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Published in Stream:
Russia Update: March 25, 2015
Press by
The Interpreter
Russian-to-English translation journal, with original analysis and commentary on Russia's foreign & domestic policy.
Malofeyev Reported to Settle Debt to VTB for $100 Million in Recognition of His Services to 'Novorossiya'
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Businessman and Russian Orthodox philanthropist Konstantin Malofeyev, an avid supporter of the Russian-backed separatists in southeast Ukraine, is reported to have paid back a debt owed to VTB Bank for $100 million, a fraction of the original amount and minus any penalties or interest, Kommersant reports.

One of the persistent templates for trying to understand events in Moscow, notable particularly from ultranationalist and separatist bloggers, is the concept that "liberals" in the Kremlin will "dump Novorossiya" -- that is President Vladimir Putin will be overcome by the "party of peace" in reaching a ceasefire with Ukraine and get rid of anyone related to the "party of war" supporting the separatists in the Donbass.

That was how the dismissal of Aleksandr Dugin from Moscow State University and the retirement of Col. Igor Strelkov were interpreted last year. Periodically, rumors of impending assassinations or attempted assassinations against Russian-backed warlords in Ukraine such as Givi (Mikhail Tolstykh), Motorola (Arseny Pavlov) or Aleksandr Mozgovoy are disseminated in this vein.

Since Malofeyev was reported to bankroll first the Crimean takeover then the "Donetsk People's Republic" adventure, when he was reported to have his home and office searched rumors of the "Novorossiya dump" occurred again. Then, when Malofeyev was reported to have reached a settlement finally with Rostelekom after a long court case, that was seen if not as a "dump" at least as a closing of the "Novorossiya" chapter with a discounted fine instead of prosecution.

Now Kommersant has further researched the matter and today March 25 reports further details on how Marshall Capital Partners, Malofeyev's company paid back an original loan of $225 million, which had earned interest and penalties and reached the amount of $596 million, settling it for just $100 million.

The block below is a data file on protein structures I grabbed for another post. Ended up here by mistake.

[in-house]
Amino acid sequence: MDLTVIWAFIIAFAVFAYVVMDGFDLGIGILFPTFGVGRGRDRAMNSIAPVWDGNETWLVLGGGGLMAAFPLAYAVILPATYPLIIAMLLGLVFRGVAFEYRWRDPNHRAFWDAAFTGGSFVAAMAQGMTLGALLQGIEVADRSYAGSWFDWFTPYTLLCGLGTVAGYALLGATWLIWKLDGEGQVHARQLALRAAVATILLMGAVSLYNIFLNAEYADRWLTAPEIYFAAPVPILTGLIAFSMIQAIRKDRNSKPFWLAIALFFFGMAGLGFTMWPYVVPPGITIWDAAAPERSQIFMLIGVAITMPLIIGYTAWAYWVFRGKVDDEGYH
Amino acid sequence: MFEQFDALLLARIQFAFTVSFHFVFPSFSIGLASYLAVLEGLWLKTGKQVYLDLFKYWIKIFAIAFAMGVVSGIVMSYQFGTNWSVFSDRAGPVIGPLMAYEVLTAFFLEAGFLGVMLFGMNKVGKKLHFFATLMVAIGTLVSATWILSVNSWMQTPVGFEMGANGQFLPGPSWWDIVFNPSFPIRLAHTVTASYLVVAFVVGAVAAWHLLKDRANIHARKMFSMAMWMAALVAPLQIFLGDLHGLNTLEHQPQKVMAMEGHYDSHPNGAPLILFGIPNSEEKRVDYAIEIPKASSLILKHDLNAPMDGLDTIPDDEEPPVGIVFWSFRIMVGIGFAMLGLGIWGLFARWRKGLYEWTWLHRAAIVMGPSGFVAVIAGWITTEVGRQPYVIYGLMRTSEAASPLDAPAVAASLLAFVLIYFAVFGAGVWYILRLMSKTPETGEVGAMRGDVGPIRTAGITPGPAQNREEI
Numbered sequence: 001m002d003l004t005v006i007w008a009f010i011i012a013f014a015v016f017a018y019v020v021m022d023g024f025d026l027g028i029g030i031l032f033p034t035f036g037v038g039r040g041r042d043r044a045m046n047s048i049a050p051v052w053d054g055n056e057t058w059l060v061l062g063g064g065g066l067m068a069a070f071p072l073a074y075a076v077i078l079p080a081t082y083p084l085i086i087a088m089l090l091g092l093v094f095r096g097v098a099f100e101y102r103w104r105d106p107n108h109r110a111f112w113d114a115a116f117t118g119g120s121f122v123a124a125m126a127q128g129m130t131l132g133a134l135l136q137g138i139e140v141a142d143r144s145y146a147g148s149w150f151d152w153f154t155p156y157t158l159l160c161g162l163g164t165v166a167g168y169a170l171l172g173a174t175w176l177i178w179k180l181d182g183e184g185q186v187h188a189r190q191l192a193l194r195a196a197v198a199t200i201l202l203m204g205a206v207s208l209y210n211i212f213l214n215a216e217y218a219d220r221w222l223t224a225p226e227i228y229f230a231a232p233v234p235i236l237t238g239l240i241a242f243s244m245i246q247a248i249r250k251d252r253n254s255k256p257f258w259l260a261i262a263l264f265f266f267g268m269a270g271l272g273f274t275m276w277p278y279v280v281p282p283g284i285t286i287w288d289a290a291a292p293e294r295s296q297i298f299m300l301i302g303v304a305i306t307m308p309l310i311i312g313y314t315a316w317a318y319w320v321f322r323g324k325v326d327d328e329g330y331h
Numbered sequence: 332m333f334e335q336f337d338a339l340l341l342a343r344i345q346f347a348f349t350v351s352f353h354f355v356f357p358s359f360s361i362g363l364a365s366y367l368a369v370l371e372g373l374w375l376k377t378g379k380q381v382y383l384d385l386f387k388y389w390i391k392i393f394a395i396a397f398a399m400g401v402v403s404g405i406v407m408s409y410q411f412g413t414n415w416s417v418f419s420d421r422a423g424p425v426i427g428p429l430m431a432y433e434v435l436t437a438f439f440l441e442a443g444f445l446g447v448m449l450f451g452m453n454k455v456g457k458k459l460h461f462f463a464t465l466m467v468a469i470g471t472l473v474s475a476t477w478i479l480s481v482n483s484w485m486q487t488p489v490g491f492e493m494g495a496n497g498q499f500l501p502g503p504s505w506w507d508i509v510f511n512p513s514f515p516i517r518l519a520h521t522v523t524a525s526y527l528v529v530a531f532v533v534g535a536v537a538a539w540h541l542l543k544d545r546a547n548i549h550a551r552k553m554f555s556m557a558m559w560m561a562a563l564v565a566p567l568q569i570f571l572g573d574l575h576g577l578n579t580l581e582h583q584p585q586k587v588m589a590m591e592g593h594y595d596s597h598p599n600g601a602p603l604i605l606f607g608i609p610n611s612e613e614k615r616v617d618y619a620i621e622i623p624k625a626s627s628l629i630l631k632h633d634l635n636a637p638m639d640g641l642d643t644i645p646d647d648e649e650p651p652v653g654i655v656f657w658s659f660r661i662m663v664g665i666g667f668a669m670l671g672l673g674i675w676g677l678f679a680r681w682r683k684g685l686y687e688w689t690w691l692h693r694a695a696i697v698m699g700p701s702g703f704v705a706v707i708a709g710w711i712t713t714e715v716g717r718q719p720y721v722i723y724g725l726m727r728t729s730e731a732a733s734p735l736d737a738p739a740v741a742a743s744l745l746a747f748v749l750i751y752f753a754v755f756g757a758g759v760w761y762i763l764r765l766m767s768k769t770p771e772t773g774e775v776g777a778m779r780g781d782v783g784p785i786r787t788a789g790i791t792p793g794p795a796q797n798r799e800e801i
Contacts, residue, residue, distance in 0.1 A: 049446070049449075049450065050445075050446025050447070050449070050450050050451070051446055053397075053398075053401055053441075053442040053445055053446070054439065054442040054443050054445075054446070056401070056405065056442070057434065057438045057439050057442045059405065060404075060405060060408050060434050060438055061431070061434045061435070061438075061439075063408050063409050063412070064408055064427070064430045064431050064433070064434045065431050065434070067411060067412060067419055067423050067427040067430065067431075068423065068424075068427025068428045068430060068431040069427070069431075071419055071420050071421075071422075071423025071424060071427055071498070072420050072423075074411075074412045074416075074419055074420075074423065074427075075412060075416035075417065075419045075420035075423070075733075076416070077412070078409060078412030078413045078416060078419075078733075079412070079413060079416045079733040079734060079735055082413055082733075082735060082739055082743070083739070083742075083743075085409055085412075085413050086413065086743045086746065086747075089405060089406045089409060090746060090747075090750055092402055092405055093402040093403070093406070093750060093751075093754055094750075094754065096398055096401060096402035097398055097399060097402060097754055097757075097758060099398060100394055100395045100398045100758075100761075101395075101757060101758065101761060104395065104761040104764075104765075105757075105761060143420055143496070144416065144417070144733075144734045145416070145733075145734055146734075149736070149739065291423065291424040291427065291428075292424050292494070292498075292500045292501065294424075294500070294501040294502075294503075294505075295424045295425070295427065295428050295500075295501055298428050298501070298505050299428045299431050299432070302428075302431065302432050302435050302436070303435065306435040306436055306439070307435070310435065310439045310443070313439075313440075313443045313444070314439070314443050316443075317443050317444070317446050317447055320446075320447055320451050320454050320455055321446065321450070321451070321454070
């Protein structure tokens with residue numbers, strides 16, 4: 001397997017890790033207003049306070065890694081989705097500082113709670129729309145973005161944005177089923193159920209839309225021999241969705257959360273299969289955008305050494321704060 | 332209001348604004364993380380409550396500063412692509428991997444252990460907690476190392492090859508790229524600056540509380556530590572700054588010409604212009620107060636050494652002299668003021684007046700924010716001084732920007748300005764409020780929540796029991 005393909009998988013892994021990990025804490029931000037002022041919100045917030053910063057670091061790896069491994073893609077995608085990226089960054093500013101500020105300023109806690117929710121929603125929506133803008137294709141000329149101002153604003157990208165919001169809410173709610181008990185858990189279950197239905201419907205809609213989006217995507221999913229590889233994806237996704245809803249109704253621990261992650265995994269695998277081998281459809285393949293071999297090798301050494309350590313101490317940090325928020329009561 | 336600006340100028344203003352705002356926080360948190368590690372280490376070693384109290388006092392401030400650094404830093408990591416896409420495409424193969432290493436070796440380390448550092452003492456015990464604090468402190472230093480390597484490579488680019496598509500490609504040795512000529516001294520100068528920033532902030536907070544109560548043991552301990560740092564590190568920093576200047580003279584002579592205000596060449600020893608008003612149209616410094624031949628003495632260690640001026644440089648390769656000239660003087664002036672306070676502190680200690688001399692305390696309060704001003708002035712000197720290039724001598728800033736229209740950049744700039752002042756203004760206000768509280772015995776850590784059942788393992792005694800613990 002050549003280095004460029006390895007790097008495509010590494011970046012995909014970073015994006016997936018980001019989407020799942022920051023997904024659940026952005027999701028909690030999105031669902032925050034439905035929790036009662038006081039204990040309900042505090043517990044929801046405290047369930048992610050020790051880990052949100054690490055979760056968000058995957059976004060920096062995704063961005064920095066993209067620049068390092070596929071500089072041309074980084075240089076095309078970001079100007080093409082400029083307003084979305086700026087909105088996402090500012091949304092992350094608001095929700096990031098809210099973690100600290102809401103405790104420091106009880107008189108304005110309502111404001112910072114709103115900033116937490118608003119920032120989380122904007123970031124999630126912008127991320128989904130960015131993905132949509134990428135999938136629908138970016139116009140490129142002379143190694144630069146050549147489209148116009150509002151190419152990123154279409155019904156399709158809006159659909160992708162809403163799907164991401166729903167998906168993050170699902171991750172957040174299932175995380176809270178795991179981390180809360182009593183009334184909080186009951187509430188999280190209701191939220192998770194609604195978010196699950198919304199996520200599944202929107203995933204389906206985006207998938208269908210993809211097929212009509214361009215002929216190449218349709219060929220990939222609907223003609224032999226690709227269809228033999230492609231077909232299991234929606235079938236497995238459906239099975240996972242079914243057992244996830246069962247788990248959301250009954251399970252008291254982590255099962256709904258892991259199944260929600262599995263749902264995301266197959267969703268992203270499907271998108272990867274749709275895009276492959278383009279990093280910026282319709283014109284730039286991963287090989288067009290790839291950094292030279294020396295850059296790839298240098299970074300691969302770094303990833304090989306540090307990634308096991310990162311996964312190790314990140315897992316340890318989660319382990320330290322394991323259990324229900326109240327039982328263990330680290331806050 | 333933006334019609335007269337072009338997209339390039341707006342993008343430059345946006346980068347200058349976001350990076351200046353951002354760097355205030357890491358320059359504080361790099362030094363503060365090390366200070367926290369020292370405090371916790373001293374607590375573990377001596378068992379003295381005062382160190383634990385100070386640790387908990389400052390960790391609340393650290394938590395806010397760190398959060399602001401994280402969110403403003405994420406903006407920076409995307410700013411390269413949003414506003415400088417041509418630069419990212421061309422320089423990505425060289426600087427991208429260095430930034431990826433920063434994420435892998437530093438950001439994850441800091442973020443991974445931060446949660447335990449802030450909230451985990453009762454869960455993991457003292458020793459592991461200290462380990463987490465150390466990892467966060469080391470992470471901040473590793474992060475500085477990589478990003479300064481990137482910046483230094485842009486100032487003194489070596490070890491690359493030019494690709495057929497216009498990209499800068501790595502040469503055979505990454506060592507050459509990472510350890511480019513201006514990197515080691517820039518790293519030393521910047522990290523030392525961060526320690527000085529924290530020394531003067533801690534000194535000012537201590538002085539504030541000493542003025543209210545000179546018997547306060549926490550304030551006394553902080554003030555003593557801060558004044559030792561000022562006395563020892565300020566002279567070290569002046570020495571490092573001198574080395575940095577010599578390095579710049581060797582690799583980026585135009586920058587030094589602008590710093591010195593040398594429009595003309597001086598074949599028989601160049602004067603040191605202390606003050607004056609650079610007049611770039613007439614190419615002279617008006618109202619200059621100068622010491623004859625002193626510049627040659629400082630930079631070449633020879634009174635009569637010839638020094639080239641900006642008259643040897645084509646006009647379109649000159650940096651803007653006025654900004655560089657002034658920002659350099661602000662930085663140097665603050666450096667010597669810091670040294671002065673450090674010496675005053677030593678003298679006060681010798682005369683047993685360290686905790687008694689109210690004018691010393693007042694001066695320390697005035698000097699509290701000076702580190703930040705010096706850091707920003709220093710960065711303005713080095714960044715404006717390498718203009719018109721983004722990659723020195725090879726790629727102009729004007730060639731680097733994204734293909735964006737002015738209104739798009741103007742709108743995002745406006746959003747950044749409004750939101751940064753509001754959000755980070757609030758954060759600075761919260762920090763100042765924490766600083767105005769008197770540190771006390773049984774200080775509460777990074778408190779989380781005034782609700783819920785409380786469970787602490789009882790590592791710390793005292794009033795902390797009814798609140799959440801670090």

Kommersant cites sources that claim the terms for the settlement were already reached back on January 21 and the documents signed February 18. VTB Kapital and Rusagropom agreed to settle the loan given in 2007 for purchase of dairy plants to Alverdine Investments, Ltd in the Virgin Islands for $100 million, and agreed to refrain from further legal action. This also involved ceasing a lawsuit in the UK that had frozen the shares of Marshall Capital Partners. Malofeyev in turn dropped a lawsuit for $600 million against VTB for damages resulting from the freeze on the shares. In exchange for this deal, a criminal case against Malofeyev on charges of embezzlement of a VTB loan was dropped in March.

According to Kommersant's source close to VTB (translation by The Interpreter):

"We reached a peaceful agreement with Konstantin Malofeyev, the claims regarding the debt are settled, the bank has received all the money. We are not commenting on the details."

Malofeyev's press service also confirmed that a settlement was reached but said they didn't know the sum of the deal reached by VTB and Alverdine and claimed that Malofeyev had no connection to Alverdine. Another source close to Malofeyev said he had settled the debt for $100 million and obtained this "discount" due to his "civic position." This was believed to be code words for his support for the Russian-backed separatist war in the Donbass, and his humanitarian aid sent to residents.

Kommersant consulted various excerpts who said that an 85% or greater write-off of a bad loan or purchase for pennies on the dollar by collectors' agencies is common if a period of time has lapsed, or there is no means of payment or collateral.

In February, Novaya Gazeta leaked a document drafted by a group close to the Kremlin in which Malofeyev was said to be involved, which indicated that the Kremlin had reviewed and endorsed a scenario for taking over the Crimea and the Donbass even before former president Viktor Yanukovych was toppled. Malofeyev denied involvement in the study.

One theory about the leak of the document was that it was to put pressure on Malofeyev to reach some agreement with the Kremlin, and yet if Kommersant's sources are telling the truth, the terms for the debt discount and payment were already reached before the leak.

To definitively determine whether Malofeyev has been "dumped" or just "got off with a fine," his further activities will have to be watched to see if he continues to donate to ultrarightist causes. Last year he was spotted meeting with Col. Strelkov at the church in Valaam, and then attended a conference titled "Moscow the Third Rome" where he was on the same platform with Dugin, former intelligence officer Leonid Reshetnikov of the Russian Institute for Strategic Studies and other hardliners. But he didn't attend the conference of European and US far-right and Nazi fringe parties with Russian ultranationalists in St. Petersburg this past weekend.

VTB Bank formally denied the claims regarding the settlement of the debt, Novaya Gazeta reported.

-- Catherine A. Fitzpatrick